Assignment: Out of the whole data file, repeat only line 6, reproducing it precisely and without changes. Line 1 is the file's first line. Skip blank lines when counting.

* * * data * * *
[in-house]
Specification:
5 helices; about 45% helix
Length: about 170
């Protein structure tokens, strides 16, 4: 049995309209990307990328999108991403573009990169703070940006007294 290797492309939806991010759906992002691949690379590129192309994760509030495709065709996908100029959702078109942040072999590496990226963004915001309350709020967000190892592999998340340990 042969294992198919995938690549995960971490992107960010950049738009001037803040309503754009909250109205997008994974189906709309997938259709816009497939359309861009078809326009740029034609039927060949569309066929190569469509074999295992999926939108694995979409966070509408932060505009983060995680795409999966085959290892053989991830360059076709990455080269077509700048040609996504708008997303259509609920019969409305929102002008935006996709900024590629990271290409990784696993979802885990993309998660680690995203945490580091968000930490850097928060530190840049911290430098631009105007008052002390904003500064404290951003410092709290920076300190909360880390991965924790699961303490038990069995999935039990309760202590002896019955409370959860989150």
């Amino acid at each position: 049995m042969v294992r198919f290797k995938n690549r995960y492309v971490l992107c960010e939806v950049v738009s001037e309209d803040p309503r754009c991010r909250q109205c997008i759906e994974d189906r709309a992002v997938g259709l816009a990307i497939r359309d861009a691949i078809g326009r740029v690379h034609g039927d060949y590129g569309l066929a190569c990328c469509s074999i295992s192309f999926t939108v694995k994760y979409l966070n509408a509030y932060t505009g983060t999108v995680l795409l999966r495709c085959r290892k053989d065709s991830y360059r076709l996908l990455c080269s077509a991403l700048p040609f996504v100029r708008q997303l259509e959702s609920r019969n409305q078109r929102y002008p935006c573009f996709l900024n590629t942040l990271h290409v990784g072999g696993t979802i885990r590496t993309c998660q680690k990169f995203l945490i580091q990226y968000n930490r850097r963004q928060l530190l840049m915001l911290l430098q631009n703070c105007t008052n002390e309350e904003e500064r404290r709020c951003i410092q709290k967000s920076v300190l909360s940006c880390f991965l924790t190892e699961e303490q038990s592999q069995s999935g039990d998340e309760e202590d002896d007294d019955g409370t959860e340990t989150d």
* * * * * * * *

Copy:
């Amino acid at each position: 049995m042969v294992r198919f290797k995938n690549r995960y492309v971490l992107c960010e939806v950049v738009s001037e309209d803040p309503r754009c991010r909250q109205c997008i759906e994974d189906r709309a992002v997938g259709l816009a990307i497939r359309d861009a691949i078809g326009r740029v690379h034609g039927d060949y590129g569309l066929a190569c990328c469509s074999i295992s192309f999926t939108v694995k994760y979409l966070n509408a509030y932060t505009g983060t999108v995680l795409l999966r495709c085959r290892k053989d065709s991830y360059r076709l996908l990455c080269s077509a991403l700048p040609f996504v100029r708008q997303l259509e959702s609920r019969n409305q078109r929102y002008p935006c573009f996709l900024n590629t942040l990271h290409v990784g072999g696993t979802i885990r590496t993309c998660q680690k990169f995203l945490i580091q990226y968000n930490r850097r963004q928060l530190l840049m915001l911290l430098q631009n703070c105007t008052n002390e309350e904003e500064r404290r709020c951003i410092q709290k967000s920076v300190l909360s940006c880390f991965l924790t190892e699961e303490q038990s592999q069995s999935g039990d998340e309760e202590d002896d007294d019955g409370t959860e340990t989150d």